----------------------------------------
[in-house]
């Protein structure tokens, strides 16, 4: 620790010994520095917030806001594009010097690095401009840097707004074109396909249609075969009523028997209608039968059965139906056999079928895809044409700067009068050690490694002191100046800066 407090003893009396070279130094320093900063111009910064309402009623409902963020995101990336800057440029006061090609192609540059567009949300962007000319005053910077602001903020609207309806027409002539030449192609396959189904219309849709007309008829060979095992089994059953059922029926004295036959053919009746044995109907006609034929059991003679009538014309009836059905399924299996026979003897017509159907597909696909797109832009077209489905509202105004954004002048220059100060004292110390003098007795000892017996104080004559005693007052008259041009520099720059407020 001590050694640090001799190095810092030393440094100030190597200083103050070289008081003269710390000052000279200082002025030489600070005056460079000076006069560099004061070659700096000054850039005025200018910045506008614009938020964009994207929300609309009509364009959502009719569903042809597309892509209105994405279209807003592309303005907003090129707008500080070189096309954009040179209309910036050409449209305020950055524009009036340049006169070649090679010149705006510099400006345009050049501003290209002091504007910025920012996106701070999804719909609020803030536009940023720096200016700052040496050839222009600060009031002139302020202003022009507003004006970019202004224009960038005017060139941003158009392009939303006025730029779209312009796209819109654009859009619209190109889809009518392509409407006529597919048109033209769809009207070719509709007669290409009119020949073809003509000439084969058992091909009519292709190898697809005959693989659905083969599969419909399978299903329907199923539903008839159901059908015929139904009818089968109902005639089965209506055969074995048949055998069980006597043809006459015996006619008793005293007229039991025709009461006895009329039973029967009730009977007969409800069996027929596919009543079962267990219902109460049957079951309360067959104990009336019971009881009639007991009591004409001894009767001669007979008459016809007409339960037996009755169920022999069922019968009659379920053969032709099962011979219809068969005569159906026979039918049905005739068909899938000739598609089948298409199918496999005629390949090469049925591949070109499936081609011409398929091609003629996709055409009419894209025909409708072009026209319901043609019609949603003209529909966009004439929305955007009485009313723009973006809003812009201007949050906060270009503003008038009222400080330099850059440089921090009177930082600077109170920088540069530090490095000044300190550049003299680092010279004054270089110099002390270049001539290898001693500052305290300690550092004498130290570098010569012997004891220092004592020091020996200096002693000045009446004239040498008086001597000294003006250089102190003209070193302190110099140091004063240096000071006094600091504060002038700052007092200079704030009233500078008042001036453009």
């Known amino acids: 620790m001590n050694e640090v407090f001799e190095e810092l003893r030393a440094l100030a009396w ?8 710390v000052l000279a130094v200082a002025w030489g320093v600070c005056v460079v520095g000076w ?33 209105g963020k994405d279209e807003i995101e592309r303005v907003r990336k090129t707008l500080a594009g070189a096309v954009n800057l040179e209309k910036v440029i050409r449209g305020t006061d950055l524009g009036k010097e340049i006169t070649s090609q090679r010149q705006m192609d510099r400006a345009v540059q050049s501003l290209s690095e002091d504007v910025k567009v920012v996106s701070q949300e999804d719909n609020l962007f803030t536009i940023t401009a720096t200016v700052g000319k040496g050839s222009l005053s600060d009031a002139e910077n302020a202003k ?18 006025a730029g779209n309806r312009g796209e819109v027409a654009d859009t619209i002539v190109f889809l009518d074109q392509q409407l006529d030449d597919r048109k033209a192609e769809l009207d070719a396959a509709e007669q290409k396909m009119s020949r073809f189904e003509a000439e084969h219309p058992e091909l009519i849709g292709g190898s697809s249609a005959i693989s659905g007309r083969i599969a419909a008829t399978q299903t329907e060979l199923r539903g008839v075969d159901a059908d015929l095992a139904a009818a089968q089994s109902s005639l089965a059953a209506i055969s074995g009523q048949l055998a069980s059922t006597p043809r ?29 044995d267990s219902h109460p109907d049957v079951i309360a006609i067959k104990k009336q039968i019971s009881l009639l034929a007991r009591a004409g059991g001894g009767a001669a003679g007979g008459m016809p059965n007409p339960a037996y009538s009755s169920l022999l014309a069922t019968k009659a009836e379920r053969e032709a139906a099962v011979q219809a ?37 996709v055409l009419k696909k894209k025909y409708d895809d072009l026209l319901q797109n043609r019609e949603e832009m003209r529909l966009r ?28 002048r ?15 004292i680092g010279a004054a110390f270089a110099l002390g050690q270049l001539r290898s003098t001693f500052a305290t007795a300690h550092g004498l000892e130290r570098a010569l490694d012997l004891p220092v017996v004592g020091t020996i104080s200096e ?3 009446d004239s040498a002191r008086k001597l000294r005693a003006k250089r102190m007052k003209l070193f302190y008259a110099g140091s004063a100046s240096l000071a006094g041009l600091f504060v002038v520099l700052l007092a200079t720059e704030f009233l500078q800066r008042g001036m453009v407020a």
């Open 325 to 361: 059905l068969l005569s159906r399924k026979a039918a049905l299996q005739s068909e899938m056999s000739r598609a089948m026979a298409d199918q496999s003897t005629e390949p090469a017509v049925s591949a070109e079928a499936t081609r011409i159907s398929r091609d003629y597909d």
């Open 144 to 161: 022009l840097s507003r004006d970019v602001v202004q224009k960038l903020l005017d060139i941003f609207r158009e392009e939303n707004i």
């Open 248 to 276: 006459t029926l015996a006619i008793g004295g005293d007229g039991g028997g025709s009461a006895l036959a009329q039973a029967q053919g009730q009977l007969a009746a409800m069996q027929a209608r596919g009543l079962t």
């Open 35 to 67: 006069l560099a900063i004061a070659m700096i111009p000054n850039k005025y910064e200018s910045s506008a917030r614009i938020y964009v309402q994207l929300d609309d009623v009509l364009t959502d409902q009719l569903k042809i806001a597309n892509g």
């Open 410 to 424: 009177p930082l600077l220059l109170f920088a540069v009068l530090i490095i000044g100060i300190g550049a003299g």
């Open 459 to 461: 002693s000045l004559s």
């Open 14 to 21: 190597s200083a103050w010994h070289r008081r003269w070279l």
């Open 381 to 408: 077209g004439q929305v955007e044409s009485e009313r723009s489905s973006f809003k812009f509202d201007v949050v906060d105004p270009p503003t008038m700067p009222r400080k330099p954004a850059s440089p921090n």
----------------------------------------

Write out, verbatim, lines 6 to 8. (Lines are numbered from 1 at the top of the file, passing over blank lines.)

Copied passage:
């Open 248 to 276: 006459t029926l015996a006619i008793g004295g005293d007229g039991g028997g025709s009461a006895l036959a009329q039973a029967q053919g009730q009977l007969a009746a409800m069996q027929a209608r596919g009543l079962t």
């Open 35 to 67: 006069l560099a900063i004061a070659m700096i111009p000054n850039k005025y910064e200018s910045s506008a917030r614009i938020y964009v309402q994207l929300d609309d009623v009509l364009t959502d409902q009719l569903k042809i806001a597309n892509g």
């Open 410 to 424: 009177p930082l600077l220059l109170f920088a540069v009068l530090i490095i000044g100060i300190g550049a003299g």